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Out of Steam

The Great Depression bequeathed us screwball comedy, a genre beyond the stars’ grasp in this train wreck of a revival.


No laugh track: Alec Baldwin and Anne Heche in Century.  

As play, movie, or musical, Twentieth Century has never failed to delight—at least not until its 21st-century adaptation by Ken Ludwig. Aside from a few lumbering Ludwigisms, it is hard to determine just what Ludwig contributed to the dazzling Ben Hecht–Charles MacArthur original or, more important, why such adapting was deemed necessary in the first place.

Laughs do remain in the Roundabout revival, but they have to struggle past two serious obstacles—the leads: Alec Baldwin as the Machiavellian theatrical impresario Oscar Jaffe, and Anne Heche as his tempestuous leading lady and sparring partner, Lily Garland. Though others have given sterling performances in these roles, the movie’s John Barrymore and Carole Lombard have proved templates for them: Their memories must be successfully resuscitated or brilliantly eclipsed if the show is to work. In any case, there has to be something lean, hungry, and diabolic about Oscar, as he tries to inveigle his former lover, Lily, who has traded Broadway for Hollywood stardom, to come home and revive his fortunes. For this wily wooing to succeed, Oscar’s henchmen have dishonestly snared for him, on the luxe Twentieth Century Limited’s sixteen-hour trip from Chicago to New York, a compartment adjoining the unsuspecting Lily’s.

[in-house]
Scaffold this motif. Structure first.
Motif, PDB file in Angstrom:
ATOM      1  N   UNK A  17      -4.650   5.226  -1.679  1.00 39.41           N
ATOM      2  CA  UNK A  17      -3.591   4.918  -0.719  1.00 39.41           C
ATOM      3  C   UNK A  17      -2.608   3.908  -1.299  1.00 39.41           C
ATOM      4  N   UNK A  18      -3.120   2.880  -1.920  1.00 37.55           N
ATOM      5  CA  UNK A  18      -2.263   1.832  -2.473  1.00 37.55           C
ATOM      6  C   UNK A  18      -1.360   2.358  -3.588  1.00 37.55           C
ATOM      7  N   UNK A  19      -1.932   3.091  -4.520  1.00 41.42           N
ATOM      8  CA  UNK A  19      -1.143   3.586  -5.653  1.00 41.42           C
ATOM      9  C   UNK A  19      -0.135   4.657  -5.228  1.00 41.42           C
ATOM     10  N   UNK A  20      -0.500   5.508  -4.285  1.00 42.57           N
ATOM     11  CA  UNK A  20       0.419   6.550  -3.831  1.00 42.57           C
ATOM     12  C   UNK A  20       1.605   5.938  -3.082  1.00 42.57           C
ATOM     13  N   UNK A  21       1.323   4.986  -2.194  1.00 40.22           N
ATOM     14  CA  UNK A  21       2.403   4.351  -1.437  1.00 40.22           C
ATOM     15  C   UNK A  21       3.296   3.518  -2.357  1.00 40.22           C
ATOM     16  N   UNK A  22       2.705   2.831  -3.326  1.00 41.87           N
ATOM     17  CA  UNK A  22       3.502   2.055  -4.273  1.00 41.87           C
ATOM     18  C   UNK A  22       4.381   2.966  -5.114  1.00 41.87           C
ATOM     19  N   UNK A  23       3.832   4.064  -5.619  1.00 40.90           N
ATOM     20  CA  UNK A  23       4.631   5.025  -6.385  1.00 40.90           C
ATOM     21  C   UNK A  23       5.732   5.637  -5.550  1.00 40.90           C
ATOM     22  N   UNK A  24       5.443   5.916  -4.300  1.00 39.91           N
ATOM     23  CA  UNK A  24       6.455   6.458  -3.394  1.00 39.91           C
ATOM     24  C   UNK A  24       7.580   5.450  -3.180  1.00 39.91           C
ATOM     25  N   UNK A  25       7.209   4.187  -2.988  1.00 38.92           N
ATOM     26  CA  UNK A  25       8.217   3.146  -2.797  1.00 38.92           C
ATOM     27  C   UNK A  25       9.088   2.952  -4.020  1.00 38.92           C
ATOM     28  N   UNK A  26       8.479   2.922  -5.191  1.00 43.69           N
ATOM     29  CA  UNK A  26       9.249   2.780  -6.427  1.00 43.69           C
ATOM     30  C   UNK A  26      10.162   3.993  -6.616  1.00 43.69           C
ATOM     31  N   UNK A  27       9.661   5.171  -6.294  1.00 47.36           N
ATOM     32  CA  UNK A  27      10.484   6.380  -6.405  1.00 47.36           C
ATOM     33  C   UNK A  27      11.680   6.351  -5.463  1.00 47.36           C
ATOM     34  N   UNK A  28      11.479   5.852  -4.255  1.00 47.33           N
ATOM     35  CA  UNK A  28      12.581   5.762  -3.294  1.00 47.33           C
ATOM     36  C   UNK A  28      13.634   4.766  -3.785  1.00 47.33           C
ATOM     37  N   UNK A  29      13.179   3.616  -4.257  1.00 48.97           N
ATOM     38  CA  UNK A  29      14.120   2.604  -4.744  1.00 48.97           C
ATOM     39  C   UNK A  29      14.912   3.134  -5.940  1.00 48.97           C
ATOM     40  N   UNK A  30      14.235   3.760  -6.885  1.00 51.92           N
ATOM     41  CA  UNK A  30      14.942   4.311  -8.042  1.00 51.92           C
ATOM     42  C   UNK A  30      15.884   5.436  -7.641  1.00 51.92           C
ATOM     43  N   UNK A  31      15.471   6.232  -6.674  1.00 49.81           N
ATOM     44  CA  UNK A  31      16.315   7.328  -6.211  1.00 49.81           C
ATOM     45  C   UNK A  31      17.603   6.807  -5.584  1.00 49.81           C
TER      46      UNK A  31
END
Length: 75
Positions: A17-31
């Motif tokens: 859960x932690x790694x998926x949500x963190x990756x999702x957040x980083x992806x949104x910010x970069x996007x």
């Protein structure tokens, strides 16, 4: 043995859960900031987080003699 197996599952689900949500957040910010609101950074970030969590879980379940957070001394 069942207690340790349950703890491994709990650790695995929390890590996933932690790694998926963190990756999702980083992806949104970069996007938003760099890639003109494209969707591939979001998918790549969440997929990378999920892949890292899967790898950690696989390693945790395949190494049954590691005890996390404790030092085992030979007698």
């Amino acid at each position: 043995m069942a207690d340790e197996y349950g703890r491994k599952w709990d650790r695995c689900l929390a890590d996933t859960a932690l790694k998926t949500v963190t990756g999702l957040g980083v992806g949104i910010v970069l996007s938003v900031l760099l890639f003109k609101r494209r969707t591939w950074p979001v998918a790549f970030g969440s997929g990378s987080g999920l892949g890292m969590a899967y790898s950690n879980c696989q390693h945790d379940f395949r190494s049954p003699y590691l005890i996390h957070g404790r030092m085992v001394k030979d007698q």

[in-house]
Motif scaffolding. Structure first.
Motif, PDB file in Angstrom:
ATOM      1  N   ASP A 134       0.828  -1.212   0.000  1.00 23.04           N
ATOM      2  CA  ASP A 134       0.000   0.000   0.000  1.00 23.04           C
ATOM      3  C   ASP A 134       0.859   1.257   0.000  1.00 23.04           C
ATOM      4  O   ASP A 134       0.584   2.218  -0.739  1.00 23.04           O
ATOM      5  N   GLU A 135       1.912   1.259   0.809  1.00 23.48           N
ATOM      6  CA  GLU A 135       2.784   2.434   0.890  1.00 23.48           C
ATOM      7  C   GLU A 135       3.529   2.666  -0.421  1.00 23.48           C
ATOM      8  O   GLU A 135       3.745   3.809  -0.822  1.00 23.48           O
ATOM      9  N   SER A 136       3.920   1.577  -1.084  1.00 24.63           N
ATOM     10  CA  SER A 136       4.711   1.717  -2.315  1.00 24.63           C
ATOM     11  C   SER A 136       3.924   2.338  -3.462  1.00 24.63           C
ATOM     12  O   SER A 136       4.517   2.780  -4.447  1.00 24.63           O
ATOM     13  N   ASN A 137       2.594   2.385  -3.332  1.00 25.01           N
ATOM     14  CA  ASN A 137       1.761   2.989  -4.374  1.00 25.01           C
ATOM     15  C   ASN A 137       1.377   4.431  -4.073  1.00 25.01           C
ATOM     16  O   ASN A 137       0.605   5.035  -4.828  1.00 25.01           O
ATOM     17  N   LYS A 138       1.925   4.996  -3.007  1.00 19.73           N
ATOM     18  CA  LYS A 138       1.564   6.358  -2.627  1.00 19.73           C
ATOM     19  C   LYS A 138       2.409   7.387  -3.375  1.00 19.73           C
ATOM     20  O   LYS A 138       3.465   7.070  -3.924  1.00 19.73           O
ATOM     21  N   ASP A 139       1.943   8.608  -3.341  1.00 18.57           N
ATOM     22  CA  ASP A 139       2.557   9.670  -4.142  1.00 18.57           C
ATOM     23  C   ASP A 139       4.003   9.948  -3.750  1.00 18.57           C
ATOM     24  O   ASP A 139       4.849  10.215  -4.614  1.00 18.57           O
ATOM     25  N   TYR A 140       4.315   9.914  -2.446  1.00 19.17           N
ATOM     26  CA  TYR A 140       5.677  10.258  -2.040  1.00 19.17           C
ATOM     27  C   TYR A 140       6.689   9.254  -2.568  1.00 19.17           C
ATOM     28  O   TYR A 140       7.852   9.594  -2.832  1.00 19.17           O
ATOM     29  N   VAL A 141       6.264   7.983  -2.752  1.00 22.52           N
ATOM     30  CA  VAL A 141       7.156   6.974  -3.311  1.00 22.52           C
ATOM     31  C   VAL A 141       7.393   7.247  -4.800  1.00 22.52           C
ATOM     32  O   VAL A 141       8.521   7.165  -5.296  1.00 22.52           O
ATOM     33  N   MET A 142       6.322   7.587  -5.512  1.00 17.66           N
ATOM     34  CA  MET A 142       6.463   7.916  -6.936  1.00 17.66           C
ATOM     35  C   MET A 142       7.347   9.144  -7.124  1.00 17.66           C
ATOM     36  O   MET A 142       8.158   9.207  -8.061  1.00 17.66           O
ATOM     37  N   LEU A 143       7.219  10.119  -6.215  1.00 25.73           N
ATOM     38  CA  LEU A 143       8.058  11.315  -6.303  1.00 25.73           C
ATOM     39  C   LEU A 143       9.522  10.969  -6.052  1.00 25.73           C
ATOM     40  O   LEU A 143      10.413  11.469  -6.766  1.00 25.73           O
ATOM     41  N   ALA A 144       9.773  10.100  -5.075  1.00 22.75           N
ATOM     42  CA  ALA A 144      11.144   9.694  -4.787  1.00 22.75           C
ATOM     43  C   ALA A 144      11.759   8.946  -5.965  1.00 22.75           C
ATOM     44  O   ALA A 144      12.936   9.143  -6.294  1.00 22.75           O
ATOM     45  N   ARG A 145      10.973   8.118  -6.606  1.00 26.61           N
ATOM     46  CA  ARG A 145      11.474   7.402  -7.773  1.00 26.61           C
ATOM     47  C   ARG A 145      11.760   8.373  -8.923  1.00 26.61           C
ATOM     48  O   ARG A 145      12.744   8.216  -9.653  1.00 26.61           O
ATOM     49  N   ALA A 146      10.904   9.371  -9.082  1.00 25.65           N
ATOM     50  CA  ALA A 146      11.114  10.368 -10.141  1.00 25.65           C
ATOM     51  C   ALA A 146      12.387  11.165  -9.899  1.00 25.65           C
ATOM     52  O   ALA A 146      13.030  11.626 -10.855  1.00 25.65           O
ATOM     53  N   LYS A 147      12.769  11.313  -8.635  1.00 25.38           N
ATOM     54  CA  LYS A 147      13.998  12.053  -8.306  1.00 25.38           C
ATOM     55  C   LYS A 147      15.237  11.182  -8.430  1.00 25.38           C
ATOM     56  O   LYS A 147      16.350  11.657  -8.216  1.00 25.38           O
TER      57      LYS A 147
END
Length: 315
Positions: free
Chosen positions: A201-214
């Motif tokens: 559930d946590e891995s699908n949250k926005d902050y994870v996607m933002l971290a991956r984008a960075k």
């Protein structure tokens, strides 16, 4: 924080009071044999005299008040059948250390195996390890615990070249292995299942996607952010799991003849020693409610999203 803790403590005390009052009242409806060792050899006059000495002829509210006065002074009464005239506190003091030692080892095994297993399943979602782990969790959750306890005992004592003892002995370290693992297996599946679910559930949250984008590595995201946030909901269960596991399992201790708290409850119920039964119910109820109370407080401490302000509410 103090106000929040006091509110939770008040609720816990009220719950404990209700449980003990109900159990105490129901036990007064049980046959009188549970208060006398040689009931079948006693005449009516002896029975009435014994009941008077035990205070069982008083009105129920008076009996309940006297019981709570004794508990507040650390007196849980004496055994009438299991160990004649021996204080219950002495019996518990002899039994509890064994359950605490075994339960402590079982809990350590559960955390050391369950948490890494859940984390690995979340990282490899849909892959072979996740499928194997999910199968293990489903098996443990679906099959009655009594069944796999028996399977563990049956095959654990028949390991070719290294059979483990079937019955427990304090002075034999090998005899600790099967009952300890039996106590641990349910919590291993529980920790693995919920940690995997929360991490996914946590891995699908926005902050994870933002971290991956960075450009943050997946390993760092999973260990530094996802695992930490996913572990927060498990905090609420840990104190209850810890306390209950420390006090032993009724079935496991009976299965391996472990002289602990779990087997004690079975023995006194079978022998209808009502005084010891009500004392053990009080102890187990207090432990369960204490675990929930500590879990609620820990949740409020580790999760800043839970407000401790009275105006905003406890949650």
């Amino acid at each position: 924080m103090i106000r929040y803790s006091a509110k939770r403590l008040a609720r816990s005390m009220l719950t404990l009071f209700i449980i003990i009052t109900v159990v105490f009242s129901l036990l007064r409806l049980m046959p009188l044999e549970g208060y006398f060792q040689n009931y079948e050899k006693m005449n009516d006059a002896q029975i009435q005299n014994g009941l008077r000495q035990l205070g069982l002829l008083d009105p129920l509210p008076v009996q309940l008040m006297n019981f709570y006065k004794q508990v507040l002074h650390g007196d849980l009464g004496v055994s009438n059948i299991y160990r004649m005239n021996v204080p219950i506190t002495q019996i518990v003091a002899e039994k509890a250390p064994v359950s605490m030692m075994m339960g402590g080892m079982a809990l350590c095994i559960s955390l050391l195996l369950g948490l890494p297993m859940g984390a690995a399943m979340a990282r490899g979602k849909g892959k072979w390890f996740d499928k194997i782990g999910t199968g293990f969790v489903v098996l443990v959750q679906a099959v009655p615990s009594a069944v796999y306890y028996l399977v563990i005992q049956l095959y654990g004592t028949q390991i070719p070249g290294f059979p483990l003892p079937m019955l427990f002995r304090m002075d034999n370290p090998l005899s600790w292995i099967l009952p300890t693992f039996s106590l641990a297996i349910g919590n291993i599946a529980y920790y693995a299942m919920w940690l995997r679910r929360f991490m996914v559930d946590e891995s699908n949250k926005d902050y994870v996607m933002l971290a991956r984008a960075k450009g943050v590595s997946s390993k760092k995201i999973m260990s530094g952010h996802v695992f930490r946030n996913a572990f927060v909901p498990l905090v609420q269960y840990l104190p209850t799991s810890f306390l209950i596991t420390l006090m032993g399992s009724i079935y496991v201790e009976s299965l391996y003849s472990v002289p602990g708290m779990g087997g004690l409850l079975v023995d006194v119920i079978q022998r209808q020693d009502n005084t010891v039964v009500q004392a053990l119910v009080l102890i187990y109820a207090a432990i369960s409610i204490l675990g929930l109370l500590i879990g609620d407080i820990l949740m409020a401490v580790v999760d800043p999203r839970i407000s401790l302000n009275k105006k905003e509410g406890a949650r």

Baldwin, no longer the nervily muscular leading-man stud of yore, has filled out into a comfily chubby Tinseltown character actor with complacent jowls whence issues a somewhat strangulated voice, masticating rather than fusillading his lines. The seductive robe and swanky slippers William Ivey Long has bedizened him with do not sit here on a famished schemer counseled by despair.

“As Lily Garland, Anne Heche suggests a B-movie starlet rather than a peremptory diva.”

Worse yet is this Lily made hash of by Heche. With her anorectic anatomy, Kewpie-doll countenance, and beach-party chirping, Heche suggests a B-movie starlet rather than a peremptory diva, confirming that Lilys who fester smell far worse than weeds.

Too bad. The supporting cast shines with Tom Aldredge, Dan Butler, Stephen DeRosa, and Julie Halston giving their level best, and Long’s costumes, John Lee Beatty’s décor, and Peter Kaczorowski’s lighting casting their several spells. Director Walter Bobbie, despite some excess, supplies the requisite frenzy; the loss is not total, but the luster is dimmed.

As an actor, Tim Robbins sparkles, and he has shown some talent as a filmmaker. But if Embedded is any indication, playwriting is something he should leave alone. It is the story, if story there is, of three soldiers—two men and one woman—torn from their loved ones by the war in Iraq . . . sorry, Gomorrah.

Alternatingly, we see scenes in which our government officials, here called the Office of Special Plans, sit in conclave, thinking up the hapless policies and self-justifying lies that land us in a too-costly war. Robbins’s imagination goes beyond calling Iraq Gomorrah; it stretches to making Baghdad Babylon, and bestowing on the warmongers such ribtickling monikers as Rum Rum, Gondola, and Pearly White, as well as half-masks that turn them into half-caricatures. (The other half is supplied by their dialogue.)

Further than that, there is only secondhand journalism, bolstered by clichés and histrionics. Robbins is honest enough to acknowledge reportage from four named journalists, but not enough so to declare them, in effect, co-authors. There is nothing in Embedded that an enterprising high-school student who had ingested enough news reports, and perused enough comic strips, could not have concocted just as well.

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